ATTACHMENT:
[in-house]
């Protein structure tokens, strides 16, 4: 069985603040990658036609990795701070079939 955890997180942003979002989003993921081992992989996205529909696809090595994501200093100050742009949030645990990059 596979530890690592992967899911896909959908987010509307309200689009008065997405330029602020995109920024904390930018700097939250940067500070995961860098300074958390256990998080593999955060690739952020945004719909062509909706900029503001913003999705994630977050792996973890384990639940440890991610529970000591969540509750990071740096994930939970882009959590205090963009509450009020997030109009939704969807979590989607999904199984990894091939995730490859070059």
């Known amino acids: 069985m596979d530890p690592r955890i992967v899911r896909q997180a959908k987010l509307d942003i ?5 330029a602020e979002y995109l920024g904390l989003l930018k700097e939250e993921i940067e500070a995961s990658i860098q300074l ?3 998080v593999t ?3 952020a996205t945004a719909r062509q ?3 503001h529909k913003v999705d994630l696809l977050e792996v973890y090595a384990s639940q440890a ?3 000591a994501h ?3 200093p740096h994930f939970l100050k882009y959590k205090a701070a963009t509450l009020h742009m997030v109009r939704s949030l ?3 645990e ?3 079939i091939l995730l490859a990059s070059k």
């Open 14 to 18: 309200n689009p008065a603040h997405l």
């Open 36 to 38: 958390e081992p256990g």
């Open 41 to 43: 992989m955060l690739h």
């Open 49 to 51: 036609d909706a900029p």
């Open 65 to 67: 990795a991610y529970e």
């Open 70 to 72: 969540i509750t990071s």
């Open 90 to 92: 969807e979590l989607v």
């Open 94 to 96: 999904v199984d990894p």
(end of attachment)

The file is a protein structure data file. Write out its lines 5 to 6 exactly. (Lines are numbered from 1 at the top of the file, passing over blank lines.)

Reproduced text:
């Open 36 to 38: 958390e081992p256990g």
């Open 41 to 43: 992989m955060l690739h």